Author Archives: East London Museum Science

About East London Museum Science

Conservation Biologist East London Museum South Africa

Fin whale at Cove Rock – one year later

Today marks the 1st anniversary of the death of the female Fin whale which stranded at Cove Rock. It was a very sad moment to walk onto the beach last year this time and see a majestic creature such as … Continue reading

Posted in Uncategorized | Leave a comment

Adding another special Thorny Seahorse to the record ….

Mr Michael Vermaak kindly reminded the museum that he had submitted a photographic seahorse record for identification earlier in the year (January 2017). Reviewing the data this was noted and it had not been identified to the species level. SAIAB … Continue reading

Posted in Uncategorized | Leave a comment

Thorny Seahorse found at the Orient Beach (East London)

Last Thursday (11 May 2017) it was reported to the museum that a seahorse had been found and released at the Orient Beach (East London). Shane Roach contacted the museum after listening to the radio programme called ‘Our World’ on … Continue reading

Posted in Uncategorized | Leave a comment

Winged robbers …… flies of a different sort

A large fly recently settled on a wall in Beacon Bay (EL) and was identified as one of the species of robber flies found in the region. With a wingspan of close to 25 mm, this species, Alcimus tristrigatus, was … Continue reading

Posted in Uncategorized | Leave a comment

In the field with palaeontologist Dr Rob Gess

Museum scientist, Kevin Cole, recently spent time with Grahamstown palaeontologist, Dr Rob Gess. A field outing to road cutting close to Grahamstown proved to be an amazing meander back in time to the Devonian period (about 368 million years ago). … Continue reading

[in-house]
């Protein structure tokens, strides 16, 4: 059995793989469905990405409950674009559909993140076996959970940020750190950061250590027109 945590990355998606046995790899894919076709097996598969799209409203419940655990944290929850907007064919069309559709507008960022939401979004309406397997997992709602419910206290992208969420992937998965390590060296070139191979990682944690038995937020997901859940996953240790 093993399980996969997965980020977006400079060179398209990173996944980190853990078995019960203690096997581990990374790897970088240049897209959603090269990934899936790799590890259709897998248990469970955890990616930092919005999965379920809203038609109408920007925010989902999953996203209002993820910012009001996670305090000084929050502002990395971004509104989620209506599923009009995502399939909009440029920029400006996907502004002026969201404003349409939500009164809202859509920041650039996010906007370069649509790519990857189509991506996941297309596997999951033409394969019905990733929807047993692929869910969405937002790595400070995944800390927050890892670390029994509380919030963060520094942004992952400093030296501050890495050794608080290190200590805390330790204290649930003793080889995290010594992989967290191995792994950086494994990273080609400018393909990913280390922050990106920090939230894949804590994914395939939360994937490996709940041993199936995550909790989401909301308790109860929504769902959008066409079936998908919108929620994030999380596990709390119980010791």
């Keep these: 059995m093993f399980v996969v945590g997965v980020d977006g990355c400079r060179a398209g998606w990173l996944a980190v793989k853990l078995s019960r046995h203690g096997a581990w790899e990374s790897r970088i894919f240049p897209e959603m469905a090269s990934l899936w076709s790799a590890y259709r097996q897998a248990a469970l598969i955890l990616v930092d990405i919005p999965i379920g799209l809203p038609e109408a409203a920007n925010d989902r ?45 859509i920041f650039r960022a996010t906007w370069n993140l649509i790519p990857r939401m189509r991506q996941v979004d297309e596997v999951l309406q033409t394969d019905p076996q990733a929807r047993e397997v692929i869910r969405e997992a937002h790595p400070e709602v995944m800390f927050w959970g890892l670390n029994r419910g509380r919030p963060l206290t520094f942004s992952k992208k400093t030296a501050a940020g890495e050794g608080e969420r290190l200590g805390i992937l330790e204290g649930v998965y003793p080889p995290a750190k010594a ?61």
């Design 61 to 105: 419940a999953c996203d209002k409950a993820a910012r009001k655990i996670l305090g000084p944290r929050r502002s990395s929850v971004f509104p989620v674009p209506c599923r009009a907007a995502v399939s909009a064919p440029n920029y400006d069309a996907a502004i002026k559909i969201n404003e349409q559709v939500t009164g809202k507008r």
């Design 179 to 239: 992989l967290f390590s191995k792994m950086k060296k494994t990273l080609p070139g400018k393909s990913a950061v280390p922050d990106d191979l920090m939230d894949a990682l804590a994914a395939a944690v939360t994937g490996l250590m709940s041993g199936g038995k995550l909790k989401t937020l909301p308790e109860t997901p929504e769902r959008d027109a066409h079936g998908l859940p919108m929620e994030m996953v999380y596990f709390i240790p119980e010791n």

Posted in Uncategorized | Leave a comment

Beaked whale update …. identification of the True’s beaked whale from Winterstrand

The whale stranded last year (19th October 2016) has been positively identified as a True’s beaked whale (Mesoplodon mirus) after the skull was macerated. ┬áThis was also confirmed after the teeth were surgically removed for identification by museum scientist Kevin … Continue reading

Posted in Uncategorized | Leave a comment

Common Brown Water Snake biting off more than it can chew …

Jimmy and Janet Calder presented the museum with a ‘double specimen’ when they deposited a juvenile Common Brown Water Snake (Lycodonomorphus rufulus) which had died attempting to consume a Tropical House Gecko on their property recently. The tail section of … Continue reading

Posted in Uncategorized | Leave a comment